Fortean Times

Fortean topics


Over the many decades of reading FT, I have come to some conclusion­s about three current fortean topics, which may be of interest to readers.

Time Travel: Although I don’t believe that this will ever come about, there are those who do, and there is one fact I should like to point out. There is no such thing as ‘the present’, except when we use the phrase when talking about ‘this month’ or ‘this year’ etc. as a convenient time reference. We are travelling into the future all the time; when one second has gone by it has created the past; in other words time is a continuum. This leads to two concepts when discussing time travel, i.e. as we are already travelling into the future, the mechanism for speeding up time travel into the far future would require a quite different method from travelling into the past. So time travel into the past would be “going against the grain” so to speak, which would be much more difficult to achieve than travelling into the future. (However, despite my pessimisti­c view on time travel, I enjoy the early science fiction of HG Wells, The Time Machine being my favourite work of fiction, as well as being a fan of Doctor Who, in particular the original Doctor played by the one and only William Hartnell.)

The Loch Ness Monster: There has been a recent discovery of prehistori­c plesiosaur­s that could swim in fresh water about 100 million years ago (see FT423:10-11), which has led to the revival of the theory that Nessie could be something like a plesiosaur. However, as Loch Ness was formed only 10,000 years ago, this is impossible. Another problem concerning Nessie is that if there is such a creature, there must be many more breeding individual­s, which would surely have been noticed many times by the locals over the centuries. In any case, there are legends of lake monsters all over the world, none of which has been substantia­ted.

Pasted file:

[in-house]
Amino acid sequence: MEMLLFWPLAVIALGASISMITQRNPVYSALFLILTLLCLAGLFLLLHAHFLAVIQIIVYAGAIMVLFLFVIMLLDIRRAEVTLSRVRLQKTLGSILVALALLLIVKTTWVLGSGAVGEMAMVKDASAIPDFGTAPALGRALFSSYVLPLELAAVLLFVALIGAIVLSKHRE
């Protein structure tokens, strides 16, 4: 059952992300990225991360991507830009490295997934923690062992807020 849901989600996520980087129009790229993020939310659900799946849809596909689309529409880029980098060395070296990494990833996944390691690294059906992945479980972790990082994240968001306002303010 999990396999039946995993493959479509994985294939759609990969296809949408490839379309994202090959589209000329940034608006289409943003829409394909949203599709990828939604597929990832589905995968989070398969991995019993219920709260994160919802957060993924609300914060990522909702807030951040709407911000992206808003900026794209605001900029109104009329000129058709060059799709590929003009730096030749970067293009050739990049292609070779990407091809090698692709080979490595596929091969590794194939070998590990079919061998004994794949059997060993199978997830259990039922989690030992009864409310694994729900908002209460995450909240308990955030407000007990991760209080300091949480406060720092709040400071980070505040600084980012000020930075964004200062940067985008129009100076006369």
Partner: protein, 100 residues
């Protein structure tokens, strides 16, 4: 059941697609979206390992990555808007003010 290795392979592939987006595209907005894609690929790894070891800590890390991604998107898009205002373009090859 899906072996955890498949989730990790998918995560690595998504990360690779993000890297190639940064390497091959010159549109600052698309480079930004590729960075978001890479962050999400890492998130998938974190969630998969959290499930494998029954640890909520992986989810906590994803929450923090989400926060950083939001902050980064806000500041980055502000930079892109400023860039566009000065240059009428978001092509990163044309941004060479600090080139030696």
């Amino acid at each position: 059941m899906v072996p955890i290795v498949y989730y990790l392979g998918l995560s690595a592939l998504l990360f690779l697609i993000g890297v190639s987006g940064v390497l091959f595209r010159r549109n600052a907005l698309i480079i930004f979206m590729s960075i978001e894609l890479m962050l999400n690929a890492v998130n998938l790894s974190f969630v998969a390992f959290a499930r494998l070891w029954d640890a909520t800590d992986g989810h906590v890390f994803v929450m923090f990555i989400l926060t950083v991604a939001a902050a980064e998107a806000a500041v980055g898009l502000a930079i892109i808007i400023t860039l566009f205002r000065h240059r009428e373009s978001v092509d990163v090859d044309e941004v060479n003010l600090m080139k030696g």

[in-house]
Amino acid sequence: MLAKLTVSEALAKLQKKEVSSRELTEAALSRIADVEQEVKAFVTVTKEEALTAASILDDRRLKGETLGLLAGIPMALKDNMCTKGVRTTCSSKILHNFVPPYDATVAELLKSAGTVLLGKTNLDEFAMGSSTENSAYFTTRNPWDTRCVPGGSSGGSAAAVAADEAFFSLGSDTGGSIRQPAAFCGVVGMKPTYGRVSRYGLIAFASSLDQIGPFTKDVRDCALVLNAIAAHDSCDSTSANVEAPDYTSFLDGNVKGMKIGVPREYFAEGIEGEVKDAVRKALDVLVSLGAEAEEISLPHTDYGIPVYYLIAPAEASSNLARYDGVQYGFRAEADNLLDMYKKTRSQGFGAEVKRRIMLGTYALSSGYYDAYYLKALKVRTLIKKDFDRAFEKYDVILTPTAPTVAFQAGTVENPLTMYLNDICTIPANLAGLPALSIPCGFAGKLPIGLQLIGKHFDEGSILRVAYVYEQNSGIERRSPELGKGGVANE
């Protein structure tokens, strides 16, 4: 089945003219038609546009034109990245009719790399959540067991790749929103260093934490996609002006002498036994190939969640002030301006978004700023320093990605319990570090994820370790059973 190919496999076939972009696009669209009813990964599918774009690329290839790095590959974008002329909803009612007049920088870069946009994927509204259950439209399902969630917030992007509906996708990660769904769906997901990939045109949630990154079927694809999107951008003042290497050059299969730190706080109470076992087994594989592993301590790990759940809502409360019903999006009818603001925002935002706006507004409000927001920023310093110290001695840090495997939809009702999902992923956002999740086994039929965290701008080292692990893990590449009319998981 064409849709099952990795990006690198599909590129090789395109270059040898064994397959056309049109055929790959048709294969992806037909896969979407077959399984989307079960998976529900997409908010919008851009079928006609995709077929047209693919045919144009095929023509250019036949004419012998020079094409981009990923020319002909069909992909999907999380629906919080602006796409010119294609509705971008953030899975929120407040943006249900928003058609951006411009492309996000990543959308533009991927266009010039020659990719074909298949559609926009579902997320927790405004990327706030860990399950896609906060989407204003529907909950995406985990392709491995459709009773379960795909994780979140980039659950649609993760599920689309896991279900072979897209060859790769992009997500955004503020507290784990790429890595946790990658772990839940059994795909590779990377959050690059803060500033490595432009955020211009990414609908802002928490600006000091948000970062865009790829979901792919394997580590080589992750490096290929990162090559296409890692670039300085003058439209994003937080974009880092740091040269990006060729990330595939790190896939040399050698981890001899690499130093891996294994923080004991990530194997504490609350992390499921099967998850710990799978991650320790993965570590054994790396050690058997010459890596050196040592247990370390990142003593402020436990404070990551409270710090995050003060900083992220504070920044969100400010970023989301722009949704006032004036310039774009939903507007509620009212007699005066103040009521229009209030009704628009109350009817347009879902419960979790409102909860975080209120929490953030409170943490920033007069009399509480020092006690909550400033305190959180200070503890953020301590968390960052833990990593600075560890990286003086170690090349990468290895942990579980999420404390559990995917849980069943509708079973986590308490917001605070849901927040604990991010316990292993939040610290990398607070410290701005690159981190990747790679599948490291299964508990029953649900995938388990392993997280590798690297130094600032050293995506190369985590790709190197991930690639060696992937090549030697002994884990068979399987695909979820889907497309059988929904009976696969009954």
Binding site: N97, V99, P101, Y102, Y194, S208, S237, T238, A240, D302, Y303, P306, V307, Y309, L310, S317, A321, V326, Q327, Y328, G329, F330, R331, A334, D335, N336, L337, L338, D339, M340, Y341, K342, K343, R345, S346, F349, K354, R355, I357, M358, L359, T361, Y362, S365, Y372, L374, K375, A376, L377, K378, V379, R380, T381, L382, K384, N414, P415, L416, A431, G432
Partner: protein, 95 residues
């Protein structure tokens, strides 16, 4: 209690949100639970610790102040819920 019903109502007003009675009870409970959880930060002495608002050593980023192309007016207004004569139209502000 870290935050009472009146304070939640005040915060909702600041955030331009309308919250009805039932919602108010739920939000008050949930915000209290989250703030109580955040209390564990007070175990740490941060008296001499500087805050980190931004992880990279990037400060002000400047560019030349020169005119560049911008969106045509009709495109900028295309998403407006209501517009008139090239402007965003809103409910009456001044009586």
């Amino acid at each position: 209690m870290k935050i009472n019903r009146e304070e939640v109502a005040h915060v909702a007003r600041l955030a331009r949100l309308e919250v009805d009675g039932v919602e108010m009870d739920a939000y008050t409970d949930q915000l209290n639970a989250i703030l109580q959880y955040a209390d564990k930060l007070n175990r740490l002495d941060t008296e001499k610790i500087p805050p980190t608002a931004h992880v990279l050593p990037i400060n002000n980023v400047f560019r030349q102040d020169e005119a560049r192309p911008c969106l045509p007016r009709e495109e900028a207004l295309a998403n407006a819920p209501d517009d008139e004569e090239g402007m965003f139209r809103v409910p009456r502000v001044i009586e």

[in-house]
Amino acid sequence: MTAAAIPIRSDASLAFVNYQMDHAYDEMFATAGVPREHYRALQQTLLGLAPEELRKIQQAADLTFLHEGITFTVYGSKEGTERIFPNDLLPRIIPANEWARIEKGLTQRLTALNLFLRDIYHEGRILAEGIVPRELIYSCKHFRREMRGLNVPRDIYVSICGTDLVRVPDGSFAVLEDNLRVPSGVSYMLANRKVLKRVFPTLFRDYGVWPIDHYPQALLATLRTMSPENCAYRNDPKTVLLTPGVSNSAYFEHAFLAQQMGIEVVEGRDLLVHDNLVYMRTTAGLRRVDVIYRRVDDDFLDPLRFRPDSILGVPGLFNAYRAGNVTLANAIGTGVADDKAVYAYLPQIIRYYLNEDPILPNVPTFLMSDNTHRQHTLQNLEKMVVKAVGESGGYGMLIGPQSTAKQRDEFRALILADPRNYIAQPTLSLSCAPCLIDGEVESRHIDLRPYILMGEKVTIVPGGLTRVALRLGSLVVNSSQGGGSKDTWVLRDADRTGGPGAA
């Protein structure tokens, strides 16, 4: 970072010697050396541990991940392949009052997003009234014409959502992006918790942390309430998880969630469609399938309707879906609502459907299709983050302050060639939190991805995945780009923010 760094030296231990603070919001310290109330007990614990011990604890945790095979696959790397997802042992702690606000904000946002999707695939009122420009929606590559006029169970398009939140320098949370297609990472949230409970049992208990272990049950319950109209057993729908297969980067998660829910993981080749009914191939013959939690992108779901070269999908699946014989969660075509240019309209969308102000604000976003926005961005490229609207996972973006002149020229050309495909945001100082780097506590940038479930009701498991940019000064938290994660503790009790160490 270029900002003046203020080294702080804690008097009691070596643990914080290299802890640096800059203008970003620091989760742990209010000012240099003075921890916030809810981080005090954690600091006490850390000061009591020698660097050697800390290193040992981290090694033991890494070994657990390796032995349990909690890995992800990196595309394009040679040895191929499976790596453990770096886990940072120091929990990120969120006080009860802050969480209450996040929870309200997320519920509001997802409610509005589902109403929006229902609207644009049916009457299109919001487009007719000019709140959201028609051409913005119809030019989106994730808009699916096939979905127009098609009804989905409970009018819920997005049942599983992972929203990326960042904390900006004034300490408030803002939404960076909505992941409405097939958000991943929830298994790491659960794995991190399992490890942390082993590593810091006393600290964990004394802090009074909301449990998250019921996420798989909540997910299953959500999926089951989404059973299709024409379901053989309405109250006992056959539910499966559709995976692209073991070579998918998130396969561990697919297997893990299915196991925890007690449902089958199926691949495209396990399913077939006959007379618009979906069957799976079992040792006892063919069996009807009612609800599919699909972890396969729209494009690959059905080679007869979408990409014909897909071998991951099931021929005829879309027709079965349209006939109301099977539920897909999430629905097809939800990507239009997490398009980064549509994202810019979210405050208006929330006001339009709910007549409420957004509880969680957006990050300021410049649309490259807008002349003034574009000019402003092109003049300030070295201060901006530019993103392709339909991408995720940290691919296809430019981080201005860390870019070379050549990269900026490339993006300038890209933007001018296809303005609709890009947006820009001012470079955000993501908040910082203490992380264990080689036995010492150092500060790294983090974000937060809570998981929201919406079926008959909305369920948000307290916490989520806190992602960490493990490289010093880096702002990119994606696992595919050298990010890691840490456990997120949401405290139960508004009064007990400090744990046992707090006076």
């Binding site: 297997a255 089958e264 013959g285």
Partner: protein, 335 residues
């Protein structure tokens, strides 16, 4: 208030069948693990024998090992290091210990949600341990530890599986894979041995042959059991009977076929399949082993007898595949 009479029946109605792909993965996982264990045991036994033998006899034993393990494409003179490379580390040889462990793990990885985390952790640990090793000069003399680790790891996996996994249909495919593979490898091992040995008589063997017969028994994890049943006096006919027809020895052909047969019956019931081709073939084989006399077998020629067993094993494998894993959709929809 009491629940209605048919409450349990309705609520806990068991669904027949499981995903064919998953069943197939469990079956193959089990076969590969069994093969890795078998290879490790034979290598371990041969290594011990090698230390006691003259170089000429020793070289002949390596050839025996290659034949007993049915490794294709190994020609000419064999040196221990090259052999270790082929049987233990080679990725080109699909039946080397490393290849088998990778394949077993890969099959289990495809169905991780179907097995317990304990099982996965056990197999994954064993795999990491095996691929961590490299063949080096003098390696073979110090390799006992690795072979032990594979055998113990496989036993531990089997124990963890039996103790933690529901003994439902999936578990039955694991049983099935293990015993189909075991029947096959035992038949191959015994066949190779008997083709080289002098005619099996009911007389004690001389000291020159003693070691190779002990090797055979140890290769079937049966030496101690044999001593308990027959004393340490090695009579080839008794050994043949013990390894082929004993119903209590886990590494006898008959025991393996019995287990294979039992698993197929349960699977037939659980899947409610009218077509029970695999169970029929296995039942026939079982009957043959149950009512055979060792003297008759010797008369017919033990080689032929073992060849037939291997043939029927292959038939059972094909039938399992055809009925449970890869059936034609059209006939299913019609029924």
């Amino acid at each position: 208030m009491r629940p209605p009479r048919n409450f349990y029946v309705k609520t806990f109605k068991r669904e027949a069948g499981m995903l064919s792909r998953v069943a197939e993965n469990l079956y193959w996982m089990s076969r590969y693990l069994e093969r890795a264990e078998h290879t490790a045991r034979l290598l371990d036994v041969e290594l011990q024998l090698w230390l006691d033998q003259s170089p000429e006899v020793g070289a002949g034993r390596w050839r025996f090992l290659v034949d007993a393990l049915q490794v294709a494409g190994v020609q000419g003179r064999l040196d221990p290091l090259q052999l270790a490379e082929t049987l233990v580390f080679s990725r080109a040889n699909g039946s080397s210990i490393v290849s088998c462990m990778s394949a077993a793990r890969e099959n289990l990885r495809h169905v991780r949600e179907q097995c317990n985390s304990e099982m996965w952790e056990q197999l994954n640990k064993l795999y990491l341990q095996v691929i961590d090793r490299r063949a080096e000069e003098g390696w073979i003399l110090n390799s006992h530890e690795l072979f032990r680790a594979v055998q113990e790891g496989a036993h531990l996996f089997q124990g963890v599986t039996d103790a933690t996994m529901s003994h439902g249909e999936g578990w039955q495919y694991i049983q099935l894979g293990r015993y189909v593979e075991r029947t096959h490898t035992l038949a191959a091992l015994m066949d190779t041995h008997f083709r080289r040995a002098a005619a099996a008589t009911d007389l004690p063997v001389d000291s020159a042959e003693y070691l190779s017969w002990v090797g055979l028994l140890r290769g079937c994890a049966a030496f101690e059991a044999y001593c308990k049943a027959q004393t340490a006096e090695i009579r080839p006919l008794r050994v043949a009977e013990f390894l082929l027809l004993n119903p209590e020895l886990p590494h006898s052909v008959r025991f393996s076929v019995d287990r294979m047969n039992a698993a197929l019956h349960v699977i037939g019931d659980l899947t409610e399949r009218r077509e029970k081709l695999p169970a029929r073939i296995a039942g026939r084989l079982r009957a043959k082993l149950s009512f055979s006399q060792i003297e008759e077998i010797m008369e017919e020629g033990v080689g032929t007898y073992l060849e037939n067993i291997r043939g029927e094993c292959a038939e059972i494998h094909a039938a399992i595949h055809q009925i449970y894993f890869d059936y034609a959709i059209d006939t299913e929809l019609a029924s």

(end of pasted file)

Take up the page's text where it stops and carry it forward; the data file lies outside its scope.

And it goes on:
Ancient Aliens: The nearest star to our Solar System is about four light years away, and with the rockets we have now, a journey to the star would take over 70,000 years. Unless we develop something like warp drive, or other improbable methods of space travel, this precludes humans travelling amongst the stars. A while ago I listened to a radio interview with a NASA scientist who, when asked whether she thought we ever could achieve such developmen­ts, laughed and said decidedly no! The same problem would also occur with advanced life-forms from exoplanets, which is extremely unlikely considerin­g the distances involved. So the idea that they came to Earth thousands of years ago and interfered with the developmen­t of ancient humans, or helped them build their sometimes colossal structures, is highly implausibl­e. And more importantl­y those who believe in such things forget the boundless ingenuity and imaginatio­n of Homo sapiens (and Homo Neandertha­lensis?). Also, if aliens did help out early humans, why did they leave and have never bothered to openly visit us again over the millennia?

Eric Fitch


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